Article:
Archive for January, 2011

Kitchen pantry science – fun experiments to do at home

Several months ago I watched a neat demonstration by kitchen-pantry scientist Liz Heinecke on how to write secret messages.  All you need are cranberries, water, baking soda and some paper as detailed here.  Liz, a mother of three, provides many fun experiments (“simple recipes for real science”) to try at home.  I think it’s a great way to get kids interested in science.  However, be forewarned, she’s got a masters degree in bacteriology so some of her ideas might grow on you. ; )

This reminded me of a parent who worked as a microbiologist for the FDA. She did a show-and-tell for a Cub Scout den that I led 20 years ago.  One of her items collected from FDA was a can of vichyssoise (leek-potato-onion soup traditionally served cold).  It had been tested positive for botulism.  We were told that if opened, this container of bacteria could sicken all of the inhabitants of New York City.  After hearing this, I vowed to always boil canned soup.

Science can be as easy as baking.  I want to encourage parents to open up their kitchen cabinets, stir up some science with their kids, and feed those hungry minds.

— Liz Heinecke, kitchen-pantry scientist


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Statistics-driven scientific methods slammed again

This December 13 article published by The New Yorker adds fuel to fire for deemphasizing significance testing as the criterion for accepting purported advancements in science.  It’s well worth reading for anyone with a stake in statistics, despite raking over the same coals seen in this March 27 Science News article, which I discussed in a previous blog.*

“A lot of extraordinary scientific data are nothing but noise.”

– Jonah Lehrer, author of “The Truth Wears Off: Is there something wrong with the scientific method”

Evidently much of the bad science stems from “significance-chasers” – those who hunt out findings that pass the generally-accepted p-value of 5% for hypothesis testing.  Unfortunately a statistically-significant outcome from an badly-designed experiment is of no value whatsoever.

PS. I credit blogger William Briggs for bringing this article to my attention.  His attitude is provided succinctly by this assertion: “Scientists are too damn certain of themselves.”

*Misuse of statistics calls into question the credibility of science March 28, 2010.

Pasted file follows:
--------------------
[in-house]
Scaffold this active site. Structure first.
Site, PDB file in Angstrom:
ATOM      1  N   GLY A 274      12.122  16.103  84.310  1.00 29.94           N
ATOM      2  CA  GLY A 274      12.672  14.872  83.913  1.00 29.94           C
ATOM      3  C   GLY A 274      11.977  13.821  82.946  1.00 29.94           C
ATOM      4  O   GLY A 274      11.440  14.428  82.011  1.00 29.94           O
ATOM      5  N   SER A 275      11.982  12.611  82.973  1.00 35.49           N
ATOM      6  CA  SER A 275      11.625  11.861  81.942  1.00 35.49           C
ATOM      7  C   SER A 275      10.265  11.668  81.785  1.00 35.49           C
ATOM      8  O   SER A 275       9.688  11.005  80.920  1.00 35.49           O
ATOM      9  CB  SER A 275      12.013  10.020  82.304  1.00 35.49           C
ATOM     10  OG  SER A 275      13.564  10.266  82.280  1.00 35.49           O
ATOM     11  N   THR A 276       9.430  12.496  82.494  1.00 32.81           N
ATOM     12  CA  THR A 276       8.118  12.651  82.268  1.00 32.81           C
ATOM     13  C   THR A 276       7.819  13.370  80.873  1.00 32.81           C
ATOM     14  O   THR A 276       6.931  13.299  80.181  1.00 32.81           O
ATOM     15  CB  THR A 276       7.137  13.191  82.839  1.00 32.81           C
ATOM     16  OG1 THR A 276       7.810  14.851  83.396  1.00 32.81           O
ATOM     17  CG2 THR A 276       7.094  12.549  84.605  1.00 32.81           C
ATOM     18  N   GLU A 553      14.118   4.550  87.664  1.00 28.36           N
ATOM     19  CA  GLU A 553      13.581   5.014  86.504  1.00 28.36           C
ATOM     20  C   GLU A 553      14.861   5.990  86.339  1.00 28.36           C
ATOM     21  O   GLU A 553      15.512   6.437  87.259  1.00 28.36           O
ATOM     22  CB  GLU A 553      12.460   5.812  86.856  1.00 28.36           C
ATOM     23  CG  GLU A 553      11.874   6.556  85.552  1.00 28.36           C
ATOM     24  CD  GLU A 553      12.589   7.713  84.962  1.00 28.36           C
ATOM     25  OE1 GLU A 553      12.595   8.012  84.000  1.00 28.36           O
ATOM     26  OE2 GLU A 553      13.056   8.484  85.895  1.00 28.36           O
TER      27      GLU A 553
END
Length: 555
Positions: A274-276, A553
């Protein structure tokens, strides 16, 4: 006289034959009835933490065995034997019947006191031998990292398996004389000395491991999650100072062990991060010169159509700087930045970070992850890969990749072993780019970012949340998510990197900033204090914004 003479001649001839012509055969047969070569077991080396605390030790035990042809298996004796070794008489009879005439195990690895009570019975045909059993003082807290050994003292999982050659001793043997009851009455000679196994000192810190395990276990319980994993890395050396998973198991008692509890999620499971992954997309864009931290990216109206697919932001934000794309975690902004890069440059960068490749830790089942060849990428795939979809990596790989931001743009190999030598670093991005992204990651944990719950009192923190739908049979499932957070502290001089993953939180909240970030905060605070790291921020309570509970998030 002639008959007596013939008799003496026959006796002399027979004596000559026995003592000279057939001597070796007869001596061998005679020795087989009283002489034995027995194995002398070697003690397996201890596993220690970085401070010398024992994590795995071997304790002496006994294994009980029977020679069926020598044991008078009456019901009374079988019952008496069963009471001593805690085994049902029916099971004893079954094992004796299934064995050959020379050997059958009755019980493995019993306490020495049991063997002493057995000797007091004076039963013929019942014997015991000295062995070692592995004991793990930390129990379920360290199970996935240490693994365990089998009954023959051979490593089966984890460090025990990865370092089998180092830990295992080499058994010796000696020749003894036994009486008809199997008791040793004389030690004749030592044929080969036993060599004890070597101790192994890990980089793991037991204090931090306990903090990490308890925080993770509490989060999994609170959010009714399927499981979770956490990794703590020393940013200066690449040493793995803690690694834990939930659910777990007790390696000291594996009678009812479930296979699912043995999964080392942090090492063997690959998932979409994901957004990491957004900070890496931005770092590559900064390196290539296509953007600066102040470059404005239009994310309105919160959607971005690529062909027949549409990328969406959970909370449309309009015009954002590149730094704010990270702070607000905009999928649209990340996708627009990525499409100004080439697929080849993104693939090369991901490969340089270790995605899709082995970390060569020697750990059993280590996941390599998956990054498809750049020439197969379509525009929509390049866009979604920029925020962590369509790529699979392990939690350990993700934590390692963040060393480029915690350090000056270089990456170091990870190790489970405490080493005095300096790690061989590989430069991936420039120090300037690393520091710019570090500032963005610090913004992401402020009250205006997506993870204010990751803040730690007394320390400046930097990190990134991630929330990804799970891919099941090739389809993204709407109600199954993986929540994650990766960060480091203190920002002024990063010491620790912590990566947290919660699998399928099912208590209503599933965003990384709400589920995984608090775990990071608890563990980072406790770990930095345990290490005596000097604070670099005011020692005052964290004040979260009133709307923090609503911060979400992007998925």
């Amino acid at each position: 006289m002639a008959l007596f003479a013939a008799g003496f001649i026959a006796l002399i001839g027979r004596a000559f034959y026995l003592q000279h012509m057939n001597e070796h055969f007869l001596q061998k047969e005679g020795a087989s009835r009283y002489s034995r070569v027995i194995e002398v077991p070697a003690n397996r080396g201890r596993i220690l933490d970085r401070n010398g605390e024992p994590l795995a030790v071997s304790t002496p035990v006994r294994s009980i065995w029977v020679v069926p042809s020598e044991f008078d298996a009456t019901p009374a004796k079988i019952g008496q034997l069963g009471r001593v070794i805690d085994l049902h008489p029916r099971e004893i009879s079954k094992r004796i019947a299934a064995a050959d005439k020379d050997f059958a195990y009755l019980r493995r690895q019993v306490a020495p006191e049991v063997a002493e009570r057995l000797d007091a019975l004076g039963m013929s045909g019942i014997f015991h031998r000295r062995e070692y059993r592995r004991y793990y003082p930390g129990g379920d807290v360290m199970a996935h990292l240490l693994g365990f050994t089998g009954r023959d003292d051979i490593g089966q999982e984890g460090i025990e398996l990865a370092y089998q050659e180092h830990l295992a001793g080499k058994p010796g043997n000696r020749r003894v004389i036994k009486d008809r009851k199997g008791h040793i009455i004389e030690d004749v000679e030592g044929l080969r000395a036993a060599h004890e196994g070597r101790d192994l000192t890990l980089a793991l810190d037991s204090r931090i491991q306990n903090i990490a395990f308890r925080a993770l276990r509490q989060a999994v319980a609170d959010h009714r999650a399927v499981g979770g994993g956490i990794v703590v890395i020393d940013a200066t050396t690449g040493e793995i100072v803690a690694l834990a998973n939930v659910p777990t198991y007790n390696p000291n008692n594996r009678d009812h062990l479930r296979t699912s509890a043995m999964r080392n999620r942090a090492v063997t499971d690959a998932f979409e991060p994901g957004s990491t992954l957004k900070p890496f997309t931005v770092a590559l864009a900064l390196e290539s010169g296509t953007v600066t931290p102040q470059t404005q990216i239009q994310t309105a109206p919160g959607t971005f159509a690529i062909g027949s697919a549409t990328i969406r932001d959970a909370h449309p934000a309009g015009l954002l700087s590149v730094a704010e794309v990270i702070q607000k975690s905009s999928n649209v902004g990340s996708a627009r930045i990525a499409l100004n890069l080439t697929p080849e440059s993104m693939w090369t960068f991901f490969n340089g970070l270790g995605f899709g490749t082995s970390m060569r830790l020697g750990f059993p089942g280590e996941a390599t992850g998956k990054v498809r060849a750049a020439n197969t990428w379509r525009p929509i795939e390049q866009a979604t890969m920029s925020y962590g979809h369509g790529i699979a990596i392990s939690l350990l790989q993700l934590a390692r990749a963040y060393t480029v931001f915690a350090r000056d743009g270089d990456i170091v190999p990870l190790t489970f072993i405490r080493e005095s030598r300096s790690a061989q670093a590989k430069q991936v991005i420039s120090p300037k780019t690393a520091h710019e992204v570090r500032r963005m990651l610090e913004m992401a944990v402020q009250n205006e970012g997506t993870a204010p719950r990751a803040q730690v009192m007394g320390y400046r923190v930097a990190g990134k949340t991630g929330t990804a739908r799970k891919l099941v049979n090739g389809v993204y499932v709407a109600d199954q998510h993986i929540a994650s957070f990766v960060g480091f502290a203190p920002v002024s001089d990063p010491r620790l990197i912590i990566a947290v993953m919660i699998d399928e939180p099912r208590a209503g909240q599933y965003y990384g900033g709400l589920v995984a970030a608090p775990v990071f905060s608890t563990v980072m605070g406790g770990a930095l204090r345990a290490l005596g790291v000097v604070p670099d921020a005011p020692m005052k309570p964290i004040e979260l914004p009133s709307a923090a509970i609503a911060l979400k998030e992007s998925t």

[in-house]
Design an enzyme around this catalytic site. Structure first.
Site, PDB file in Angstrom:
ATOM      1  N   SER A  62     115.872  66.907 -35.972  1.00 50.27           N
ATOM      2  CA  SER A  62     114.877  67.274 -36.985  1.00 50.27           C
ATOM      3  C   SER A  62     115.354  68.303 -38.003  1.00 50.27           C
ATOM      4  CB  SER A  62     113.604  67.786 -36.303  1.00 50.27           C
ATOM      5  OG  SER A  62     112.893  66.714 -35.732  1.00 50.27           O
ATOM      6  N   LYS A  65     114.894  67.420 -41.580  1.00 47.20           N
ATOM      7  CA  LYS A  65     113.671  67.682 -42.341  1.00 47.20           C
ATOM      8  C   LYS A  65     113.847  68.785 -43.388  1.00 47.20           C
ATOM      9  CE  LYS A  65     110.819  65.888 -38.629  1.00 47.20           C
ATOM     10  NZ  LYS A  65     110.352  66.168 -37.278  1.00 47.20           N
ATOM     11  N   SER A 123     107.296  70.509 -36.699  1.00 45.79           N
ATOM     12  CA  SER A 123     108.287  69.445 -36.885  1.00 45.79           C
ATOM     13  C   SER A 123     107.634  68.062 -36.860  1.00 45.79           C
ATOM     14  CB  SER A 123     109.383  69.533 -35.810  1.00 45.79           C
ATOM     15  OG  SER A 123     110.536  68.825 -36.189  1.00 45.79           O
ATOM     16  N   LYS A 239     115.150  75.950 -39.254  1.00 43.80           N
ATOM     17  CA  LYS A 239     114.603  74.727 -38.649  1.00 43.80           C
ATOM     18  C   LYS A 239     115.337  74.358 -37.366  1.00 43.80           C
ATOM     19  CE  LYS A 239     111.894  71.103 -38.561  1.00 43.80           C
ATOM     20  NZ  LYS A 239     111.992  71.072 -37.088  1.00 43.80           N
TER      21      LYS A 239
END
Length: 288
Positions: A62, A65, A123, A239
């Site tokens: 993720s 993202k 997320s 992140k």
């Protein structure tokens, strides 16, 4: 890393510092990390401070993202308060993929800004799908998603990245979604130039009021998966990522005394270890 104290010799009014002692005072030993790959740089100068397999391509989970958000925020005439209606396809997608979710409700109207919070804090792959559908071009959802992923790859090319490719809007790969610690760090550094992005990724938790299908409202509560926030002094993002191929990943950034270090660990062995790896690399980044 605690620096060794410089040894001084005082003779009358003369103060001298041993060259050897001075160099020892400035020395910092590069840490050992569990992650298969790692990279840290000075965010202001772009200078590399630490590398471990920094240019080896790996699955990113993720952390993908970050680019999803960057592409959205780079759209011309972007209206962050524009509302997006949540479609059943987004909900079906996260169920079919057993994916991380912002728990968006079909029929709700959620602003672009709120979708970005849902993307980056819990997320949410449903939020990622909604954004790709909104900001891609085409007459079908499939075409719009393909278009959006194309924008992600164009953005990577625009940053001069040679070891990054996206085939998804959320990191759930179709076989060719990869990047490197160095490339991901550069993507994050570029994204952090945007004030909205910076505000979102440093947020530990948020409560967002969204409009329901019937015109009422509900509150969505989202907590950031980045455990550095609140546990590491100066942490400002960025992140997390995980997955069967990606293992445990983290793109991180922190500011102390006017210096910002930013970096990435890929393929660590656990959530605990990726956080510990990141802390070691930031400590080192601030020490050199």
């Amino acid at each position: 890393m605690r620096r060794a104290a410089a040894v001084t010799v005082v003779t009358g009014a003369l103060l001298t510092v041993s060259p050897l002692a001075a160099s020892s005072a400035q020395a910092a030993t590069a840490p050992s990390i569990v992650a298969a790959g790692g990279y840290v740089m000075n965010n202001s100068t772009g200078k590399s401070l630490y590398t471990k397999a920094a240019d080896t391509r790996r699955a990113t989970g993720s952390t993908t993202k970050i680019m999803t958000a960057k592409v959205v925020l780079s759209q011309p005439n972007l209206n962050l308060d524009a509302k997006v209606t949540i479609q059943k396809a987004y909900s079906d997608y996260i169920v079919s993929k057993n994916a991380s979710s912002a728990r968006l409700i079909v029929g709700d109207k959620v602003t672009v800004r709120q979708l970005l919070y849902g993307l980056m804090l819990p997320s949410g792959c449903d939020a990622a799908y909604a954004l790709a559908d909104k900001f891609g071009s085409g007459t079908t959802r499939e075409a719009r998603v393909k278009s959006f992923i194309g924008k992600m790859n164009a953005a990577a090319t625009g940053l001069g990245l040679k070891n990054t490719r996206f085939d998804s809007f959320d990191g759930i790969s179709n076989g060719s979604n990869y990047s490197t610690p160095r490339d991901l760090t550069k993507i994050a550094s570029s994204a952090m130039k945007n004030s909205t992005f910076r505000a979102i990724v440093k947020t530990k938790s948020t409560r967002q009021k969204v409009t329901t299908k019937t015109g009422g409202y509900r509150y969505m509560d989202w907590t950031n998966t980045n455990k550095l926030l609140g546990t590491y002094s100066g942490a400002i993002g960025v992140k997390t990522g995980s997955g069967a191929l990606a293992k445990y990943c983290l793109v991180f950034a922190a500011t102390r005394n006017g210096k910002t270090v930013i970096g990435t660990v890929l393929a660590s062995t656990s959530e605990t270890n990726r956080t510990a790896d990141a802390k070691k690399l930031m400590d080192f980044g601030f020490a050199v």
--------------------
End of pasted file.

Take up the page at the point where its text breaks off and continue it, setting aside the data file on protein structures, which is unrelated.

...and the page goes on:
Favorite posts from three rings in the 2010 carnival of management blogs

For this year’s Annual Management Improvement Blog Carnival, hosted by John Hunter,* I am picking the best posts from three blogs:

  • Seth Godin’s Blog (this fellow is a real character — very stimulating!)
  • Lean is Good (focus on statistical guru W. Edwards Deming appeals to me)
  • Flowing Data (theme is “visualization and statistics”: graphs and numbers — what a wonderful combo!)

See us hosts and the blogs we’ve chosen to review at this site coordinated by John.

Seth Godin has much to offer for entrepreneurs and professional workers trying to contend with this increasingly high-tech world.  This past year Godin published the very timely book Linchpin: Are You Indispensable? .  The 2010 blog from Seth Grodin that stands out for me is:

  • The Levy flight, which provides the mathematical-underpinning for foraging behavior by animals and humans – seeking sustenance in the form of food and information; respectively.  Sharks hunt by this random method punctuated by long forays in a particular direction as reported here by Discovery News.  Browsers of internet presumably behave in a similar manner – occasionally delving deeply into a given website.  Knowing this, model-builders can provide more accurate simulations of consumer behavior.  Grodin is astute to recognize this.

My pick from last year’s Lean is Good blog is this one written by Bryan Zeigler:

  • Goalpost Quality – Taguchi Losses and SPC provides a simple, but compelling vision for improving quality – think of your specification range as “V” – not a goal post.  From my years working on manufacturing improvement, I can attest to the corrosive nature of settling for output that squeaks by the customer requirements.

Of the three blogs featured here, my favorite by far is Flowing Data, written by UCLA Statistics graduate student Nathan Yau.  The charts it presents can be truly amazing, such as this one that details the extremely-fascinating 2010 movie Inception.  However, here’s my favorite chart presented by Flowing Data this past year:

  • Where Bars Trump Grocery Stores highlights Wisconsin as the place to party hearty.  Being just over the border in a State that’s bonkers against beer,** I say thank goodness for more liberality about liquor.  The graphic tells the story.

That’s it for this year’s best of the Carnival of management blogs that I sampled.  Take a Levy Flight for yourself and see if you can hunt out one that strikes your fancy.

*For background on John Hunter and his Carnival, see this post from last year

** See this blog by Andrew Zimmern about Stupid Beer Laws in Minnesota

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Smooth sliding for 2011

Here’s  hoping you enjoy smooth sliding in 2011 like I did recently outside my front door.

Happy New Year!

– Mark

PS. Kudos for my daughter Emily for this production.

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